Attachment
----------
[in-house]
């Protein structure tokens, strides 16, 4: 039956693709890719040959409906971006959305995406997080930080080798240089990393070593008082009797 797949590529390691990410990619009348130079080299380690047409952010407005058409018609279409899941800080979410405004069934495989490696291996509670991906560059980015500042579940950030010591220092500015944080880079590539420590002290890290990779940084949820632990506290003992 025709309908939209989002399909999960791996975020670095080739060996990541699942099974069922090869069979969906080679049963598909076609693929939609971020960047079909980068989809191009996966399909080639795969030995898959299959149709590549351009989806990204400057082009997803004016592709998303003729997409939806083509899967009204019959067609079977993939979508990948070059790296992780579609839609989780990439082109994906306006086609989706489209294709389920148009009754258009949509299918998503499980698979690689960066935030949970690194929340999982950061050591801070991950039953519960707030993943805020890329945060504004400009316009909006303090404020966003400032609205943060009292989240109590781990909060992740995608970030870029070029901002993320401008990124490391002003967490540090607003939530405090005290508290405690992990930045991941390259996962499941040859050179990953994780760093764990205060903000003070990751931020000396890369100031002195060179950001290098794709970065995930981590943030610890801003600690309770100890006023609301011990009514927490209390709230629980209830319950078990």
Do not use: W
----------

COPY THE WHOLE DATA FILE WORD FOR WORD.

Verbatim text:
[in-house]
């Protein structure tokens, strides 16, 4: 039956693709890719040959409906971006959305995406997080930080080798240089990393070593008082009797 797949590529390691990410990619009348130079080299380690047409952010407005058409018609279409899941800080979410405004069934495989490696291996509670991906560059980015500042579940950030010591220092500015944080880079590539420590002290890290990779940084949820632990506290003992 025709309908939209989002399909999960791996975020670095080739060996990541699942099974069922090869069979969906080679049963598909076609693929939609971020960047079909980068989809191009996966399909080639795969030995898959299959149709590549351009989806990204400057082009997803004016592709998303003729997409939806083509899967009204019959067609079977993939979508990948070059790296992780579609839609989780990439082109994906306006086609989706489209294709389920148009009754258009949509299918998503499980698979690689960066935030949970690194929340999982950061050591801070991950039953519960707030993943805020890329945060504004400009316009909006303090404020966003400032609205943060009292989240109590781990909060992740995608970030870029070029901002993320401008990124490391002003967490540090607003939530405090005290508290405690992990930045991941390259996962499941040859050179990953994780760093764990205060903000003070990751931020000396890369100031002195060179950001290098794709970065995930981590943030610890801003600690309770100890006023609301011990009514927490209390709230629980209830319950078990």
Do not use: W